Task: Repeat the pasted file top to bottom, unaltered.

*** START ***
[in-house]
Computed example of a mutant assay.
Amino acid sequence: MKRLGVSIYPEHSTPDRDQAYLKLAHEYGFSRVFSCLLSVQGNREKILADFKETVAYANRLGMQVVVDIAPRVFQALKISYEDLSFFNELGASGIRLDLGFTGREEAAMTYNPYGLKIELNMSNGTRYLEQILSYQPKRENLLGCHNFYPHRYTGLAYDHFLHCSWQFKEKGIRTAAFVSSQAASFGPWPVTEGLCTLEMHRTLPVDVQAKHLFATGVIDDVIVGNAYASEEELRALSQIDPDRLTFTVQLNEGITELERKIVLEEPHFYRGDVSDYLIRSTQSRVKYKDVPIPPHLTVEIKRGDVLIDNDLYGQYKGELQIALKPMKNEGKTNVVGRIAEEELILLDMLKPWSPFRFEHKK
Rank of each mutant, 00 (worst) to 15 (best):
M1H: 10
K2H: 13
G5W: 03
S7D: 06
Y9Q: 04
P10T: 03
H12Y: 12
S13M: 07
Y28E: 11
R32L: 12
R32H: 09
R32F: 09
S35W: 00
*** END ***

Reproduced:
[in-house]
Computed example of a mutant assay.
Amino acid sequence: MKRLGVSIYPEHSTPDRDQAYLKLAHEYGFSRVFSCLLSVQGNREKILADFKETVAYANRLGMQVVVDIAPRVFQALKISYEDLSFFNELGASGIRLDLGFTGREEAAMTYNPYGLKIELNMSNGTRYLEQILSYQPKRENLLGCHNFYPHRYTGLAYDHFLHCSWQFKEKGIRTAAFVSSQAASFGPWPVTEGLCTLEMHRTLPVDVQAKHLFATGVIDDVIVGNAYASEEELRALSQIDPDRLTFTVQLNEGITELERKIVLEEPHFYRGDVSDYLIRSTQSRVKYKDVPIPPHLTVEIKRGDVLIDNDLYGQYKGELQIALKPMKNEGKTNVVGRIAEEELILLDMLKPWSPFRFEHKK
Rank of each mutant, 00 (worst) to 15 (best):
M1H: 10
K2H: 13
G5W: 03
S7D: 06
Y9Q: 04
P10T: 03
H12Y: 12
S13M: 07
Y28E: 11
R32L: 12
R32H: 09
R32F: 09
S35W: 00